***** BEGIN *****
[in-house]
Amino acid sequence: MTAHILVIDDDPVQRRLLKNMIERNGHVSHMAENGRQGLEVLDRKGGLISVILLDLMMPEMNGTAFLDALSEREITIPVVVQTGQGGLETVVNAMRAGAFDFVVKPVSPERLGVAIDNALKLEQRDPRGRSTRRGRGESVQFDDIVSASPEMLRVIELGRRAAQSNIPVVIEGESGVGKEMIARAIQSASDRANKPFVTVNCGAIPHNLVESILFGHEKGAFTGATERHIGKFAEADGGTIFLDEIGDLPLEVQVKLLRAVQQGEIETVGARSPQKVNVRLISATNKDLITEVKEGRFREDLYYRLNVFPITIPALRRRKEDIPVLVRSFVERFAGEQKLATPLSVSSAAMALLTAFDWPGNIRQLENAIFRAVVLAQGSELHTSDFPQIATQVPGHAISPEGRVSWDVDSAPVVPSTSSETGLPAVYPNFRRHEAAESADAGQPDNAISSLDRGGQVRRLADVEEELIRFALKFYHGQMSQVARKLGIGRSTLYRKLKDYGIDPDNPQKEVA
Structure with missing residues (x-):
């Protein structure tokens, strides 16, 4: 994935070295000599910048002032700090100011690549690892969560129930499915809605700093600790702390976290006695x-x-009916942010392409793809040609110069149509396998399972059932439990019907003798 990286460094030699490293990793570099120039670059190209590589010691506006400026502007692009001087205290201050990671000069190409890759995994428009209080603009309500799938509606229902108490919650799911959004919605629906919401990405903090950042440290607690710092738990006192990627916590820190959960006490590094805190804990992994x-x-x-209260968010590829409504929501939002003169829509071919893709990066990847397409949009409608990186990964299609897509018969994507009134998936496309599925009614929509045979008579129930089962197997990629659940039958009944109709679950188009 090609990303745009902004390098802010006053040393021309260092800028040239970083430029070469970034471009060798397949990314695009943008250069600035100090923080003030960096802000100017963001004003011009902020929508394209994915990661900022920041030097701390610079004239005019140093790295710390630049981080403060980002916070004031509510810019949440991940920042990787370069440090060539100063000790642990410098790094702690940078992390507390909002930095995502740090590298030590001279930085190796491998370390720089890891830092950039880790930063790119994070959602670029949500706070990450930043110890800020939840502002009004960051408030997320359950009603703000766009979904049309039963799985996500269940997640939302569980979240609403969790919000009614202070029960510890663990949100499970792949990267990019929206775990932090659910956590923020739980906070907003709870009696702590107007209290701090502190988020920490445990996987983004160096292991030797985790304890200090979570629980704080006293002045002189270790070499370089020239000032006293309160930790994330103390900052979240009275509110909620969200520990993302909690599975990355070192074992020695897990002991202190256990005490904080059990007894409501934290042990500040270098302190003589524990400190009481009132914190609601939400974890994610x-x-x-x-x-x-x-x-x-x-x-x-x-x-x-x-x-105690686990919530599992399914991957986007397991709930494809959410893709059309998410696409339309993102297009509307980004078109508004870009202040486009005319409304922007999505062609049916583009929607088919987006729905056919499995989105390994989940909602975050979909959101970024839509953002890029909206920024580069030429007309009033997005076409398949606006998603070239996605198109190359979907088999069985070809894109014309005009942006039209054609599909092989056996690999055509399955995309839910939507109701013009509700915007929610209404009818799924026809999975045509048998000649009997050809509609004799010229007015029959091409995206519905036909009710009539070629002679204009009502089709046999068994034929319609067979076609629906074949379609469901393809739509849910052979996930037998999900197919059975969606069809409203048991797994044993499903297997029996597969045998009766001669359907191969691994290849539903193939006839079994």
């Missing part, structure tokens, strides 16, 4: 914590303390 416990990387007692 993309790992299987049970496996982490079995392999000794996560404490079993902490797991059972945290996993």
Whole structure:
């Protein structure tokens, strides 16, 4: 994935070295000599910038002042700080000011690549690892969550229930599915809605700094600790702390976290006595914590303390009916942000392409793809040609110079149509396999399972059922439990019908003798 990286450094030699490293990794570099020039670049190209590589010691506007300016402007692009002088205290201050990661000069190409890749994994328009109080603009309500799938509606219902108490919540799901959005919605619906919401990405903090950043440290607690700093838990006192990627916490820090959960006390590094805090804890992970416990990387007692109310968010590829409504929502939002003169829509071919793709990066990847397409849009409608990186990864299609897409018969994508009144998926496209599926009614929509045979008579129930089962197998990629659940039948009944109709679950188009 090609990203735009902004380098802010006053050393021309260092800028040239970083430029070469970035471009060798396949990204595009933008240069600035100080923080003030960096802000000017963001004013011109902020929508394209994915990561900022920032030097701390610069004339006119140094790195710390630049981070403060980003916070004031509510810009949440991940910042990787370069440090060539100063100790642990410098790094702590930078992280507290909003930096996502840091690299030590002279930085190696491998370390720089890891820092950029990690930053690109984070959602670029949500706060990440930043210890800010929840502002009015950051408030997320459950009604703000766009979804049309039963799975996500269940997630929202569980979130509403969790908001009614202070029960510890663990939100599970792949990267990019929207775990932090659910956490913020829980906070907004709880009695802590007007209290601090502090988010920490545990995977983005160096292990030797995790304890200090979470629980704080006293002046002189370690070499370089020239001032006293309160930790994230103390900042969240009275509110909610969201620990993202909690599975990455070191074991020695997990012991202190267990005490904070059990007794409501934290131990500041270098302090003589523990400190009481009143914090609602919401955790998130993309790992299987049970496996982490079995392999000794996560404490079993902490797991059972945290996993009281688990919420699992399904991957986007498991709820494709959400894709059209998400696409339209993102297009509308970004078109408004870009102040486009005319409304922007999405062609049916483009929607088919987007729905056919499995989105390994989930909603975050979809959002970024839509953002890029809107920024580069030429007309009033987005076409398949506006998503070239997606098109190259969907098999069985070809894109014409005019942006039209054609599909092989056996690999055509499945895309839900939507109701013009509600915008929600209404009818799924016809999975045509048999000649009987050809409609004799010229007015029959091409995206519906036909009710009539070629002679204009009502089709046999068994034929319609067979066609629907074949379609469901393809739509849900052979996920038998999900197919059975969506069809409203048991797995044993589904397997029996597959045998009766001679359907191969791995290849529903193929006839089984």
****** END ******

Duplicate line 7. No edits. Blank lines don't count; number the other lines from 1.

């Protein structure tokens, strides 16, 4: 994935070295000599910038002042700080000011690549690892969550229930599915809605700094600790702390976290006595914590303390009916942000392409793809040609110079149509396999399972059922439990019908003798 990286450094030699490293990794570099020039670049190209590589010691506007300016402007692009002088205290201050990661000069190409890749994994328009109080603009309500799938509606219902108490919540799901959005919605619906919401990405903090950043440290607690700093838990006192990627916490820090959960006390590094805090804890992970416990990387007692109310968010590829409504929502939002003169829509071919793709990066990847397409849009409608990186990864299609897409018969994508009144998926496209599926009614929509045979008579129930089962197998990629659940039948009944109709679950188009 090609990203735009902004380098802010006053050393021309260092800028040239970083430029070469970035471009060798396949990204595009933008240069600035100080923080003030960096802000000017963001004013011109902020929508394209994915990561900022920032030097701390610069004339006119140094790195710390630049981070403060980003916070004031509510810009949440991940910042990787370069440090060539100063100790642990410098790094702590930078992280507290909003930096996502840091690299030590002279930085190696491998370390720089890891820092950029990690930053690109984070959602670029949500706060990440930043210890800010929840502002009015950051408030997320459950009604703000766009979804049309039963799975996500269940997630929202569980979130509403969790908001009614202070029960510890663990939100599970792949990267990019929207775990932090659910956490913020829980906070907004709880009695802590007007209290601090502090988010920490545990995977983005160096292990030797995790304890200090979470629980704080006293002046002189370690070499370089020239001032006293309160930790994230103390900042969240009275509110909610969201620990993202909690599975990455070191074991020695997990012991202190267990005490904070059990007794409501934290131990500041270098302090003589523990400190009481009143914090609602919401955790998130993309790992299987049970496996982490079995392999000794996560404490079993902490797991059972945290996993009281688990919420699992399904991957986007498991709820494709959400894709059209998400696409339209993102297009509308970004078109408004870009102040486009005319409304922007999405062609049916483009929607088919987007729905056919499995989105390994989930909603975050979809959002970024839509953002890029809107920024580069030429007309009033987005076409398949506006998503070239997606098109190259969907098999069985070809894109014409005019942006039209054609599909092989056996690999055509499945895309839900939507109701013009509600915008929600209404009818799924016809999975045509048999000649009987050809409609004799010229007015029959091409995206519906036909009710009539070629002679204009009502089709046999068994034929319609067979066609629907074949379609469901393809739509849900052979996920038998999900197919059975969506069809409203048991797995044993589904397997029996597959045998009766001679359907191969791995290849529903193929006839089984």